They handcuffed a seven-year old? How did that work out???

It’s Toolbox Tuesday here—the day when we highlight legal issues involving the discipline of students with disabilities.  The Toolbox is an all-day training program that provides ten “tools” designed to simultaneously serve each student appropriately, while maintaining safety and order in the school building. Today, we’re reviewing a case from New Mexico that ended up with a 50-pound, 49 inch 2nd grader handcuffed to a chair.

This episode began when the teacher’s aide contacted the school social worker, seeking help with C.V., a gifted 2nd grader who received special education services due to autism.

The social worker had trouble with the student also, and contacted the assistant principal, who asked that the boy be brought to her office.  On the way to the A.P.’s office, C.V. ran away.

They could not locate the student at first, and so the school reached out to the parents. The mother did not answer several calls. The dad was busy at work and could not come to the school.

The student ran to the nurse’s office and locked himself in the bathroom.  From there, he bolted for the cafeteria.  At this point, the school called in Office Sanchez, its security officer.

Seeing the officer on the way, C.V. ran again. Officer Sanchez called the parents.  Dad was at the airport and could not get to the school for a few hours. But they reached the mother this time, and she said she could be at the school in 30 minutes.  Officer Sanchez then asked the mother for permission to restrain the boy. She said “Yes” but later testified that she thought that this would be a hug or a hold—not steel handcuffs.

Officer Sanchez did not immediately cuff the child.  She led the child to a room and blocked the door.  The boy kicked his legs, swung his arms and pulled power cables out of the wall.  When the social worker approached the student to try to calm him down, he swung the power cord at her.  He kicked the social worker and then Officer Sanchez.  Still no handcuffs.

Then the boy began playing with a rubber band. When he was told to give it to Officer Sanchez, he shot her with it.  They then tussled over the rubber band, and the boy kicked the officer.  Officer Sanchez warned C.V. that this might lead to handcuffs.  The boy ignored this warning, continuing to kick and attempt to get out of his chair.  Officer Sanchez cuffed him to the chair.

This did not calm the boy down. The boy continued to cry, yell and struggle, at one point dragging the chair with him as he tried to kick the officer. Mom arrived and demanded that the cuffs come off. They did. Mom took pictures of the welts and scratches on the boy’s wrists.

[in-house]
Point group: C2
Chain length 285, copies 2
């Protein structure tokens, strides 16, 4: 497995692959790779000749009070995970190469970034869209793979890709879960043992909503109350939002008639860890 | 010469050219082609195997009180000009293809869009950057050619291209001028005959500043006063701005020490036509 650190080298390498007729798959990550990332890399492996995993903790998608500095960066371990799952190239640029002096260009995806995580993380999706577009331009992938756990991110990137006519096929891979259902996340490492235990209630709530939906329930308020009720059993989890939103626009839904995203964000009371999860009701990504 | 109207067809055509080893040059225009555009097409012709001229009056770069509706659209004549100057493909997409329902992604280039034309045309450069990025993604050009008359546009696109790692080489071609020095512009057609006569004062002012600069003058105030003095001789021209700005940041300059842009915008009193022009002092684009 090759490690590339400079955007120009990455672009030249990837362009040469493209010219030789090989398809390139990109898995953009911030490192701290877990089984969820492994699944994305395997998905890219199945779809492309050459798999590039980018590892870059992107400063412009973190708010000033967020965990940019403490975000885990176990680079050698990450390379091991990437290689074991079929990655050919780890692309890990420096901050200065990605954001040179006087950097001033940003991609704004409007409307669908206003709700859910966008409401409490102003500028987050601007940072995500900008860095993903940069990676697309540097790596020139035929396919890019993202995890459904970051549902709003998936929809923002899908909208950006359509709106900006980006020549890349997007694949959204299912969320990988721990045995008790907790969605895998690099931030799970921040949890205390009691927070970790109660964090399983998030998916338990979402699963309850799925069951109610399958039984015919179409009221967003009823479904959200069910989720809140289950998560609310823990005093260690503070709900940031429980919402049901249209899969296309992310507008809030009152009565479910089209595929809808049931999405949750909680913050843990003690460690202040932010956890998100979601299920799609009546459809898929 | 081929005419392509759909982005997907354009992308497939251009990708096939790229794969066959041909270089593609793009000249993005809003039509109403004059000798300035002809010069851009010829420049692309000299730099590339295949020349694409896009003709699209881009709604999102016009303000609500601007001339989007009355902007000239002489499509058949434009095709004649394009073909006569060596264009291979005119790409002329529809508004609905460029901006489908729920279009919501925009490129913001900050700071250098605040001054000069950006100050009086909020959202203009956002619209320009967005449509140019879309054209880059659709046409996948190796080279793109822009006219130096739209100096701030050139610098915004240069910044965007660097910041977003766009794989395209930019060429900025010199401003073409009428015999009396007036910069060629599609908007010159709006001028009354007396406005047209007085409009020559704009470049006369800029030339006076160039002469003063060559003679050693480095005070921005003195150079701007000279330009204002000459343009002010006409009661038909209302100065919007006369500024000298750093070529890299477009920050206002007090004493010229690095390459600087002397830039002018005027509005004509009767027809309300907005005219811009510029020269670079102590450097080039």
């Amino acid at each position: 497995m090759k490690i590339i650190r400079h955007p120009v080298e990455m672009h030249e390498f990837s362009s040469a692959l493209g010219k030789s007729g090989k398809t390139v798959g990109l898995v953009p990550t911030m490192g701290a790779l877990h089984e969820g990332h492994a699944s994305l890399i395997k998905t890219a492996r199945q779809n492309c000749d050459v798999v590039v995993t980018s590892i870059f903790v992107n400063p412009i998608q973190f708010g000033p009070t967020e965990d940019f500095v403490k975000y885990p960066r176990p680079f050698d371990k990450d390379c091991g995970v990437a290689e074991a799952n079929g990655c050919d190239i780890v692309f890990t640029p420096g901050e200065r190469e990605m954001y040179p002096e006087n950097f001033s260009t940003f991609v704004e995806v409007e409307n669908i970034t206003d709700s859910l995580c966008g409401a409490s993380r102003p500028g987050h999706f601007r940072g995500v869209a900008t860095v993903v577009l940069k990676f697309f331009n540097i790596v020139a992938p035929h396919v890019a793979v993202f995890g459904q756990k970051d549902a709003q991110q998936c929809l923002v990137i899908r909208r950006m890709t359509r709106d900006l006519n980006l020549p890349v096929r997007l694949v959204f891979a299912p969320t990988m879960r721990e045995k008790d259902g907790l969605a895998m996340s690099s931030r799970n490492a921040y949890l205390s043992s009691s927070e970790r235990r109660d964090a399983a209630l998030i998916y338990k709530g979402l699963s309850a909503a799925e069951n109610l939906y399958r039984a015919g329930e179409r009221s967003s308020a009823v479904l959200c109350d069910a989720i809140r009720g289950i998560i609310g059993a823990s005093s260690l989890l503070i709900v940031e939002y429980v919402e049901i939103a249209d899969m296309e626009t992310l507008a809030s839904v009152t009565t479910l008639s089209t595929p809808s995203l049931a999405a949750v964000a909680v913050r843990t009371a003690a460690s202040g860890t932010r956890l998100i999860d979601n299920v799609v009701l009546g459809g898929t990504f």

The mother withdrew the boy from that school and enrolled him in another school in the same district.  Then the mother sued, claiming that the district violated the Americans with Disabilities Act by discriminating against C.V. based on his disability.

The federal court ruled for the district on this one, and the 10th Circuit affirmed that ruling. The court did not express any opinion about the propriety of using handcuffs on a small child. In fact, the court’s analysis begins with a disclaimer: “Our role is not to opine on whether it was wrong to handcuff C.V.”  Instead, the court focused on whether or not the district had discriminated on the basis of disability.

The court had little trouble concluding that this episode was based on the student’s conduct—not his disability.  After all, the student was out-of-control for almost two hours.  But the parents argued that the conduct was a manifestation of the boy’s disability. What about that?  The court:

Appellants fail to cite any evidence showing his conduct indeed was a manifestation of his disability. Indeed, they cite no authority suggesting a school may not regulate a student’s conduct if that conduct is a manifestation of a disability.

I expect some of you are wondering about that last statement. Can a school “regulate” a student’s conduct if the conduct is a manifestation of disability?  Yes.  The law prohibits a disciplinary change of placement that is based on behavior that is a manifestation. Other forms of “regulation” are not prohibited.  Available forms of “regulation” include short term suspension, short term ISS, and physical restraint.  Of course all of those forms of regulation must be done in compliance with state law. That was not at issue here.

In the Toolbox training we talk about physical restraint, and when it is appropriate to use it under Texas law. If you are interested in Toolbox training, please give me a holler! Or an e-holler!

The case of J.V. v. Albuquerque Public Schools was decided by the 10th Circuit Court of Appeals on February 19, 2016.  We found it at 116 LRP 6184.